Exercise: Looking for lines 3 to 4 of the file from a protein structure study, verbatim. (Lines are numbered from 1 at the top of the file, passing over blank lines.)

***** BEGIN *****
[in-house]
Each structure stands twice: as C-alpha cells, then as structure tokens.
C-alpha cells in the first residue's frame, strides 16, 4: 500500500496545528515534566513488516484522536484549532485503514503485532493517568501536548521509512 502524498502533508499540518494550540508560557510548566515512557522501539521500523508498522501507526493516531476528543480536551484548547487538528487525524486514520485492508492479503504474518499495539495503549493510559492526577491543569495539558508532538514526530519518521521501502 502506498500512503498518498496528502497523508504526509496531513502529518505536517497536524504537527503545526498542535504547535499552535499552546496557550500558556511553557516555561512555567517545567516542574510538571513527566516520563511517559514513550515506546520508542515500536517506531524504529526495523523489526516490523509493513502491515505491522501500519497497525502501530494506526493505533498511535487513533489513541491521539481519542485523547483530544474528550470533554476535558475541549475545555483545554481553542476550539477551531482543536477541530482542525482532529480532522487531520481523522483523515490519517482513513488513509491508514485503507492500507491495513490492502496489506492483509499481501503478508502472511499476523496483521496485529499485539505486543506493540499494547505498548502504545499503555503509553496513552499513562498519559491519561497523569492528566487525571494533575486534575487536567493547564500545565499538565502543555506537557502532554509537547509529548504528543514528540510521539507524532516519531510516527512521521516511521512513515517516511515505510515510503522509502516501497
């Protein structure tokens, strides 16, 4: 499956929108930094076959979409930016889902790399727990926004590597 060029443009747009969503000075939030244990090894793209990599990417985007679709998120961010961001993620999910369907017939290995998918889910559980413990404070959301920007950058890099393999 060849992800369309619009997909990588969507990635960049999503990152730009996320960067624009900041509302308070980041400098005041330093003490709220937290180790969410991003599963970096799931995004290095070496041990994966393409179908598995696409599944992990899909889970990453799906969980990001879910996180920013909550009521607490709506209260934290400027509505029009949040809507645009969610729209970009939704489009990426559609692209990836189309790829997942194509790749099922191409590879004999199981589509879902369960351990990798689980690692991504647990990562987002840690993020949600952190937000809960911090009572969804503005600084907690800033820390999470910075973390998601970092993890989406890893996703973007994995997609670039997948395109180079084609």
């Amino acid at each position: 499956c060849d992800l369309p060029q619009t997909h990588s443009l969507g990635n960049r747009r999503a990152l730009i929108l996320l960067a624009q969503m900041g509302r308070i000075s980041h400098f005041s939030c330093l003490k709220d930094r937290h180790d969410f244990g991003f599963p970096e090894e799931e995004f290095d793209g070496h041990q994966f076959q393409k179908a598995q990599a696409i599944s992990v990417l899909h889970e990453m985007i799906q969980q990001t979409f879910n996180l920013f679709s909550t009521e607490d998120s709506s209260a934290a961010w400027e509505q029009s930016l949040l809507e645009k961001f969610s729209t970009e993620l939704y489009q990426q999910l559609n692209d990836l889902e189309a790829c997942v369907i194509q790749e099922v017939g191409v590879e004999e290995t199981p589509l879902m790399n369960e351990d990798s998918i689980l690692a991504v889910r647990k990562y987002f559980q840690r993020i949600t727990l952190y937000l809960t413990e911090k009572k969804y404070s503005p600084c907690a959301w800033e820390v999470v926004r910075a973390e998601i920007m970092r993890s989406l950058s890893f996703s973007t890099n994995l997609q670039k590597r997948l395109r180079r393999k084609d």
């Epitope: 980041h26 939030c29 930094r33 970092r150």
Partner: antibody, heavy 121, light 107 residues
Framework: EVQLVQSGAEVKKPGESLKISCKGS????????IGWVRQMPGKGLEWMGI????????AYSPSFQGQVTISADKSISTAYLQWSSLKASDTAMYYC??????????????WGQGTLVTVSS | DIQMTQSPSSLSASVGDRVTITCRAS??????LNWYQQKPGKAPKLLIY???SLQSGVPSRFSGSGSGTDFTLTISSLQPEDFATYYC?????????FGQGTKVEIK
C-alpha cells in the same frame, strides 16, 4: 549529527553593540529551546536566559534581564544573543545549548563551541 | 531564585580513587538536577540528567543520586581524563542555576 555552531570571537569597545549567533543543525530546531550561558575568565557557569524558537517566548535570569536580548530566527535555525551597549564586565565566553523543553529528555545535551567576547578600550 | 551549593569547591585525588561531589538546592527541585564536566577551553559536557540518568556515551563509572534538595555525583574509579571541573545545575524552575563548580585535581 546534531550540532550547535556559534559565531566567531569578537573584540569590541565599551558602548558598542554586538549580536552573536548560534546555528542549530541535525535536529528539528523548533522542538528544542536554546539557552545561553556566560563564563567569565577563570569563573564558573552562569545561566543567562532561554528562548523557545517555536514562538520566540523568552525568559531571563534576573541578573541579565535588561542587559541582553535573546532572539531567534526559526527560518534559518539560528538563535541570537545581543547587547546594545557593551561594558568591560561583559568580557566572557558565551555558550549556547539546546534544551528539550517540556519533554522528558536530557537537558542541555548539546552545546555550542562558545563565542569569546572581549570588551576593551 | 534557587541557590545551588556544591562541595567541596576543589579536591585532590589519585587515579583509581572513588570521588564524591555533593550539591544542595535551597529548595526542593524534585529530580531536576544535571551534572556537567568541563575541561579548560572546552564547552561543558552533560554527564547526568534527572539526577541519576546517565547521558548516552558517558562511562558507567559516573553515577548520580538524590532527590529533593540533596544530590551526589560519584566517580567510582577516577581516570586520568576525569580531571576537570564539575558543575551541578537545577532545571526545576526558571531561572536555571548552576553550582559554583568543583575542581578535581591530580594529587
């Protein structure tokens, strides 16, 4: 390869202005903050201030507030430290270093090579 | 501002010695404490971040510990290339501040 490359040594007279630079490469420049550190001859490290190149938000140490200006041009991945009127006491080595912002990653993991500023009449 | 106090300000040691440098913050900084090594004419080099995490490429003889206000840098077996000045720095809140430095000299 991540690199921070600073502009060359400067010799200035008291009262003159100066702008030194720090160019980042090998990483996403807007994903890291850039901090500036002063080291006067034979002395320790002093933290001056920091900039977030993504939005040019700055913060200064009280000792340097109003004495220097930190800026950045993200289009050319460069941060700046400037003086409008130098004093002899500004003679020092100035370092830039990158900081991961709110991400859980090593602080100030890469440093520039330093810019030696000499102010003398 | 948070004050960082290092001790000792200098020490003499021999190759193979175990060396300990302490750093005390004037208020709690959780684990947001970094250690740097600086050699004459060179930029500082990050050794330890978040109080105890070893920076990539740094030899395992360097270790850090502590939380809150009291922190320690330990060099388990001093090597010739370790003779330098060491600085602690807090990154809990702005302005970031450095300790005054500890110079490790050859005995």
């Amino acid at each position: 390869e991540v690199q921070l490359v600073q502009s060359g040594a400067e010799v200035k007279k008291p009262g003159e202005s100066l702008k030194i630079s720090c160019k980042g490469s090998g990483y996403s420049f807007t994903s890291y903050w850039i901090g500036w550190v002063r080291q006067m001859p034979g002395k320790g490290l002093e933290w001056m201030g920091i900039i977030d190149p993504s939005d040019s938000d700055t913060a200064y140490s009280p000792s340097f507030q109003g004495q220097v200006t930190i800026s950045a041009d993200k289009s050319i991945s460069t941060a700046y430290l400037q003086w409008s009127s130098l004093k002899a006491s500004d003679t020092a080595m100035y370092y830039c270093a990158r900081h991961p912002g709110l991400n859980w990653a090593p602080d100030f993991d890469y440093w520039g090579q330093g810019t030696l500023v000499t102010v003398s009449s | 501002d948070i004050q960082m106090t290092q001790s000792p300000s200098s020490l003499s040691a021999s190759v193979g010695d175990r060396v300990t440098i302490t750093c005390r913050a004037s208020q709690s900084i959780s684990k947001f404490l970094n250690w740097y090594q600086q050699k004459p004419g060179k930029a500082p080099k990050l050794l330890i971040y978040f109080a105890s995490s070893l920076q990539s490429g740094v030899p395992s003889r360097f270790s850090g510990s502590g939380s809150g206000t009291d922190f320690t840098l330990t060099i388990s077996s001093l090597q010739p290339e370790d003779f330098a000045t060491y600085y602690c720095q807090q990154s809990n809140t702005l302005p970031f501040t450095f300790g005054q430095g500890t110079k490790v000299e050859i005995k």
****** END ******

C-alpha cells in the first residue's frame, strides 16, 4: 500500500496545528515534566513488516484522536484549532485503514503485532493517568501536548521509512 502524498502533508499540518494550540508560557510548566515512557522501539521500523508498522501507526493516531476528543480536551484548547487538528487525524486514520485492508492479503504474518499495539495503549493510559492526577491543569495539558508532538514526530519518521521501502 502506498500512503498518498496528502497523508504526509496531513502529518505536517497536524504537527503545526498542535504547535499552535499552546496557550500558556511553557516555561512555567517545567516542574510538571513527566516520563511517559514513550515506546520508542515500536517506531524504529526495523523489526516490523509493513502491515505491522501500519497497525502501530494506526493505533498511535487513533489513541491521539481519542485523547483530544474528550470533554476535558475541549475545555483545554481553542476550539477551531482543536477541530482542525482532529480532522487531520481523522483523515490519517482513513488513509491508514485503507492500507491495513490492502496489506492483509499481501503478508502472511499476523496483521496485529499485539505486543506493540499494547505498548502504545499503555503509553496513552499513562498519559491519561497523569492528566487525571494533575486534575487536567493547564500545565499538565502543555506537557502532554509537547509529548504528543514528540510521539507524532516519531510516527512521521516511521512513515517516511515505510515510503522509502516501497
């Protein structure tokens, strides 16, 4: 499956929108930094076959979409930016889902790399727990926004590597 060029443009747009969503000075939030244990090894793209990599990417985007679709998120961010961001993620999910369907017939290995998918889910559980413990404070959301920007950058890099393999 060849992800369309619009997909990588969507990635960049999503990152730009996320960067624009900041509302308070980041400098005041330093003490709220937290180790969410991003599963970096799931995004290095070496041990994966393409179908598995696409599944992990899909889970990453799906969980990001879910996180920013909550009521607490709506209260934290400027509505029009949040809507645009969610729209970009939704489009990426559609692209990836189309790829997942194509790749099922191409590879004999199981589509879902369960351990990798689980690692991504647990990562987002840690993020949600952190937000809960911090009572969804503005600084907690800033820390999470910075973390998601970092993890989406890893996703973007994995997609670039997948395109180079084609």